PALM BEACH, Fla.
(AP) - Japanese Prime Minister Shinzo Abe courted the new American president
with a golden driver not long after Donald Trump won the White House. He’s
met with the billionaire businessman more than any other world leader, and
he is Trump’s second-most frequent caller.
Yet the “bromance”
between Trump and Abe has its limits.
Trump appeared to
be successful Tuesday in reassuring Abe that he would take Japan’s concerns
to heart during his upcoming meeting with North Korea’s Kim Jong Un. But
Wednesday brought public disagreements, as Trump spurned his guest’s top
economic and trade priorities. Principal among them: allowing Japan an
exemption from new U.S. steel and aluminum tariffs and persuading Trump to
re-join the Trans-Pacific Partnership trade deal.
During a roughly
40-minute joint news conference Wednesday evening, Abe tried to put on a
good face, emphasizing their close relationship and their areas of accord on
North Korea policy. He effusively thanked Trump for pledging to raise the
issue of Japanese abductees held by North Korea in his meeting with Kim.
But when pressed on
the economic disagreements, Abe repeatedly consulted notes as he tried to
sidestep questions on the contentious issues, instead returning to Trump’s
favored call for developing a “reciprocal” trade relationship with the U.S.
It marked a stark departure from Abe’s pre-summit hopes of coaxing the U.S.
back into the TPP. And Japan remains the only major U.S. ally not to be
exempted from the tariffs announced last month.
World leaders have
quickly learned that flattery is an easy way into Trump’s graces, and
throughout the two-day summit, Abe appeared keen to praise the president at
every opportunity. He applauded Trump’s courage for agreeing to meet with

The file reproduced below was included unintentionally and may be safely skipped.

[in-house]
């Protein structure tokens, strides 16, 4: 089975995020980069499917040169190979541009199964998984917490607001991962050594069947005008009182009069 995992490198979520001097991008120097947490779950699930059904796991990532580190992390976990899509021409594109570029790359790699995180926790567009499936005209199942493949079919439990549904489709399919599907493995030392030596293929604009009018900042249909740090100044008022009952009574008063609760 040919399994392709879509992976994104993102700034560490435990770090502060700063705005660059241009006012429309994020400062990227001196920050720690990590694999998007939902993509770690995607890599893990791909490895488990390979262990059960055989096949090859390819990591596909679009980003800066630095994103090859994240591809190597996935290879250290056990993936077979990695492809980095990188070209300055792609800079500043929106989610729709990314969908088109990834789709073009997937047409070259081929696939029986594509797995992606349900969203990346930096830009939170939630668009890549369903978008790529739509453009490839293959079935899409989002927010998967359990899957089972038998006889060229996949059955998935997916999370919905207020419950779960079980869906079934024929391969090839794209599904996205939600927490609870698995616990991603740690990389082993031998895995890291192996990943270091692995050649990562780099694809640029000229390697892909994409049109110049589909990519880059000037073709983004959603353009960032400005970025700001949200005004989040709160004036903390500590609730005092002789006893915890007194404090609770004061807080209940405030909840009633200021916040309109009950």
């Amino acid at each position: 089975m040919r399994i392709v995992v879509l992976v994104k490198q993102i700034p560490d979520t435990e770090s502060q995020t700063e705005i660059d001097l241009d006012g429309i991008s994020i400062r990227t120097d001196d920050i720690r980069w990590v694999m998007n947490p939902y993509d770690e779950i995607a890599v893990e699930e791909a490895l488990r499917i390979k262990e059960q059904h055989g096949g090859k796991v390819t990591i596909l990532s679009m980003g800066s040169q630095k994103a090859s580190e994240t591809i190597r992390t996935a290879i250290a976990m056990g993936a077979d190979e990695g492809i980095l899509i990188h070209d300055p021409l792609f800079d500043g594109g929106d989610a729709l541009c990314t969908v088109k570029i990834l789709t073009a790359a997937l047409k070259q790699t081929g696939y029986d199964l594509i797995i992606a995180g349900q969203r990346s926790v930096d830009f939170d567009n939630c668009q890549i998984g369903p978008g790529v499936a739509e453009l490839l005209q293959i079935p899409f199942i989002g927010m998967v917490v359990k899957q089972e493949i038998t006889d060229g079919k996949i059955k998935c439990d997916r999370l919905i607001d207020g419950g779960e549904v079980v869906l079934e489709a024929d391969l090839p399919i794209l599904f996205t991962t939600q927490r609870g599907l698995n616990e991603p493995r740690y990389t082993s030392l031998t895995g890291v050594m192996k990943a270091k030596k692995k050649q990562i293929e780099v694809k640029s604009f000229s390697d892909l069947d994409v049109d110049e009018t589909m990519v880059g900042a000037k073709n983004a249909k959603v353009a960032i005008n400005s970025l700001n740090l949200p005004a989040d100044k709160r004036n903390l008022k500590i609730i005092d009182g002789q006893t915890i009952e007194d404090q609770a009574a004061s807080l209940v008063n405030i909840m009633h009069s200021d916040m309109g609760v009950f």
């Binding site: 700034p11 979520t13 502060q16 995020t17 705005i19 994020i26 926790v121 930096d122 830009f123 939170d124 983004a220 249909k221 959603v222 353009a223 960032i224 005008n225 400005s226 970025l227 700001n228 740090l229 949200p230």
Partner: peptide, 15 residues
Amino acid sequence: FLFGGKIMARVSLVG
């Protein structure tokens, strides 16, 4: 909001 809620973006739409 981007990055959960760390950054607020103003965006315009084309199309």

Kim and marveled at Mar-a-Lago, calling Trump’s estate “a gorgeous place.”
Abe drew laughs
before a dinner with the joint delegations in a baroque dining room when he
recounted the strength of their relationship over food, which included a
cheeseburger on the golf course and a working luncheon Wednesday. “We
already had two lunches in the same day,” he said. “And now we are going to
have our dinner.”
“Prime Minister Abe
and I have spent a lot of time today, and we really spent a lot of time
since I got elected. And right from the beginning we hit it off. The
relationship is a very good one,” Trump said as the pair sat down for the
working lunch on economic issues.
That was the
session Trump suggested he was most looking forward to. “I love the world of
finance and the world of economics, and probably, it’s where I do the best.
But we will be able to work things out,” he said.
Except it didn’t
turn out that way. The session on trade and economic issues quickly turned
tense and tough, according to two U.S. officials, as the leaders found
themselves at an impasse on the tariffs. And Trump refused to budge on his
opposition to the TPP, from which he withdrew the U.S. last year. The
officials spoke on condition of anonymity to describe the private talks.
officials said publicly the personal connection between the leaders is
robust enough to withstand the tensions.
The summit was
hastily put together after Trump accepted Kim’s invitation for a meeting in
the next two months, and as the president prepared to implement the metals
Trump said the
invitation to his private club was a sign of how much he liked Abe.
“Many of the
world’s great leaders request to come to Mar-a-Lago and Palm Beach. They
like it; I like it. We’re comfortable. We have great relationships,’” the
president said, boosting the private club, which collects dues that enrich